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Polycystic Ovary Syndrome: Scarlett’s story 

Scarlett talks about her challenges with polycystic ovary syndrome – both  physically and getting help, and how she now manages her PCOS.

I was diagnosed with PCOS when I was about 16 years old. It all started when I began menstruating around the age of 14. From the beginning, I experienced irregular and painful periods. Unfortunately, my GP initially dismissed my concerns, attributing them to the normal adjustment period for girls before their cycles settle down. But my struggles went beyond just irregular periods.

I also dealt with weight gain, excessive facial hair, intense mood swings, and even depression. 

Back in the mid-90s, there were limited resources for me to research or connect with others facing similar issues. Fortunately, my school arranged for local sexual health advisors to speak with us. I decided to seek their guidance and shared my problems with them. As a result, I was able to get a referral for an ultrasound to investigate the underlying causes of my symptoms.  

During the ultrasound, they discovered not only the presence of PCOS but also a dermoid cyst. It was all quite bewildering, and by that point, I was experiencing pain even when I wasn’t on my period. My GP provided me with a lot of misinformation, including the belief that I would never be able to conceive. They also advised me to start taking birth control pills.  

Between the ages of 16 and 18, I began taking the microgynon pill to regulate my periods and alleviate the pain. Unfortunately, the pill only seemed to exacerbate my problems. I experienced fainting spells, headaches, and continued weight gain. It felt like everything was spiralling out of control. During this period, I was living in a Stonewall hostel for young people, and they offered the residents the opportunity to try acupuncture for free. Having grown up with alternative medicine like herbs and homeopathy, I decided to give it a chance. My acupuncturist had also faced gynaecological issues and introduced me to the idea that PCOS could be managed through alternative treatments and dietary adjustments.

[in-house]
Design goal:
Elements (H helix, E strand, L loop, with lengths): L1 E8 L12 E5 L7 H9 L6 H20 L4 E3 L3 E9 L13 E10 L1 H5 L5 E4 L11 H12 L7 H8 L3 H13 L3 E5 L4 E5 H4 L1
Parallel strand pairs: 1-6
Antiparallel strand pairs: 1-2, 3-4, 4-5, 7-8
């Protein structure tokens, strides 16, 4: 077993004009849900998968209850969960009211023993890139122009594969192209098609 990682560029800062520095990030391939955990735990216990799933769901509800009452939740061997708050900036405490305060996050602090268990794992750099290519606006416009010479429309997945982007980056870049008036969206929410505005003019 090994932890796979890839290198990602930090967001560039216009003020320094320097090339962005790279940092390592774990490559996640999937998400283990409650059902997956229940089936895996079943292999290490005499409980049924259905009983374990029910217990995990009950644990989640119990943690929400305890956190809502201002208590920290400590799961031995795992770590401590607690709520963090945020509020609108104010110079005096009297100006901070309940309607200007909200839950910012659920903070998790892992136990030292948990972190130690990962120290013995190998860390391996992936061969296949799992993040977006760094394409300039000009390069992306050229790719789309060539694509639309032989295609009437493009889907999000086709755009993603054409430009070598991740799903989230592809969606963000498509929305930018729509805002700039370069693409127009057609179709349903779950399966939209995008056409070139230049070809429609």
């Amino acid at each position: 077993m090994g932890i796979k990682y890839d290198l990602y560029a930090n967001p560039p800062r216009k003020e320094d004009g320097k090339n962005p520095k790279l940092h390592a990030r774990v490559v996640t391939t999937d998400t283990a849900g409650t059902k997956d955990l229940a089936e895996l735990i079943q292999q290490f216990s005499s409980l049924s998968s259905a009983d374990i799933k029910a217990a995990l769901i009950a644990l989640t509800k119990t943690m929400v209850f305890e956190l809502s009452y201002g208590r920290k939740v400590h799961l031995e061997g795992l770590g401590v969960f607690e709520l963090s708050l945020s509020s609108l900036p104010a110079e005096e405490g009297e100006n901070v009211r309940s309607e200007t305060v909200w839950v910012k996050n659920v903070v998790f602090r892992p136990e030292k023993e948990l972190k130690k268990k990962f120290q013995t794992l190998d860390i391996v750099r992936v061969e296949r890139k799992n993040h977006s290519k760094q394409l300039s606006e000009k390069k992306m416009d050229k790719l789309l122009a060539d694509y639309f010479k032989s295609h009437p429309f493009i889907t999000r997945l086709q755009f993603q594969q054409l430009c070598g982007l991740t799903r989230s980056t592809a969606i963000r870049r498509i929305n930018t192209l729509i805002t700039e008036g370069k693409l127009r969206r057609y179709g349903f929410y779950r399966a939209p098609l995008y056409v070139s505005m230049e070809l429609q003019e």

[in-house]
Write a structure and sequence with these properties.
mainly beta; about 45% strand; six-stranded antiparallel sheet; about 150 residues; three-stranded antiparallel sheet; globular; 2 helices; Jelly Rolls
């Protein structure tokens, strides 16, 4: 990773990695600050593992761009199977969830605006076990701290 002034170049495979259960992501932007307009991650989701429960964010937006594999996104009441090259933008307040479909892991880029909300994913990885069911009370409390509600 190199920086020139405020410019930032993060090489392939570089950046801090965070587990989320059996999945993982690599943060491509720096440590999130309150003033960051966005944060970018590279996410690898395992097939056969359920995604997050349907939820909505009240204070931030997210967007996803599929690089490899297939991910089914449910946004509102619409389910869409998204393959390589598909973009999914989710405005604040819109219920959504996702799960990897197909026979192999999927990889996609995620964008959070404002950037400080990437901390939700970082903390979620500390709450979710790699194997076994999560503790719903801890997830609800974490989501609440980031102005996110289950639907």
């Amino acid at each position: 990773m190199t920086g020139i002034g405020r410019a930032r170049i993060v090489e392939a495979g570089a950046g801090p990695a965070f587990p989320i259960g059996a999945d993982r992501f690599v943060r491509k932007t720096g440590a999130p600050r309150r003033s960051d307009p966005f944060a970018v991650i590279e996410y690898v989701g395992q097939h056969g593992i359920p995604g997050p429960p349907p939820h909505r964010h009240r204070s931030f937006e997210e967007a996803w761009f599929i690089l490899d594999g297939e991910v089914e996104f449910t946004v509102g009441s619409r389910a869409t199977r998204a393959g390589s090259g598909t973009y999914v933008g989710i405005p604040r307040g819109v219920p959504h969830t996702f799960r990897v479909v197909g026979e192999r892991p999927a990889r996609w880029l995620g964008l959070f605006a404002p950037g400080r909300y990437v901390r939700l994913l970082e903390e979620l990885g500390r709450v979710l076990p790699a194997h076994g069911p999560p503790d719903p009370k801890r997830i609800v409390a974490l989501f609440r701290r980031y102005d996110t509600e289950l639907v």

Over the course of six months, the acupuncture sessions seemed to regulate my hormones and improve my emotional and mental wellbeing. However, some physical symptoms persisted, so my acupuncturist suggested I also try incorporating Chinese herbs. Personally, the herbs seemed to help me manage my symptoms. I was also able to get pregnant and gave birth to my son in my late 20s. 

Throughout this journey, I attempted surgical methods for the removal of my dermoid cyst. However, I felt that these approaches failed to consider my holistic experience—the intersection of culture, stress levels, sleep quality, diet, and more. For me, the complementary therapies took into account my entire being, providing a sense of being heard that I had never experienced with my GPs or gynaecological hospital teams.  

I no longer suffer from the symptoms of PCOS. I have regular periods, minimal excess hair growth and I feel my hormones are more stable – although I am now beginning perimenopause so I am expecting the unexpected. 

I’m aware that I am fortunate to have found a way to manage my PCOS symptoms but everyone’s journey is different.

It is disheartening to know that countless people with PCOS continue to be dismissed and told that their struggles are merely commonplace.  

Fortunately, the advent of the internet has proven to be an invaluable resource for those grappling with PCOS, like me. Online forums and shared testimonials have fostered a sense of belonging and solidarity, assuring me that I’m not alone in their struggles. 

From the forums I was able to get recommendations for books, recipes for food that supports some of the symptoms of PCOS and also hear about different outcomes from experimental treatments. If you can’t find any forums then Instagram and Tiktok can be a good source of information, but always check the reliability of the source and consult with your doctor before trying anything new out! 

My experience has made me passionate about improving sexual and reproductive health and I’m proud to be on Brook’s Participation Forum. I believe that we need to continue challenging the existing medical framework and I am a proud advocate for better understanding, research and support for women’s health.  

More information about pcos

More information about PCOS on NHS website

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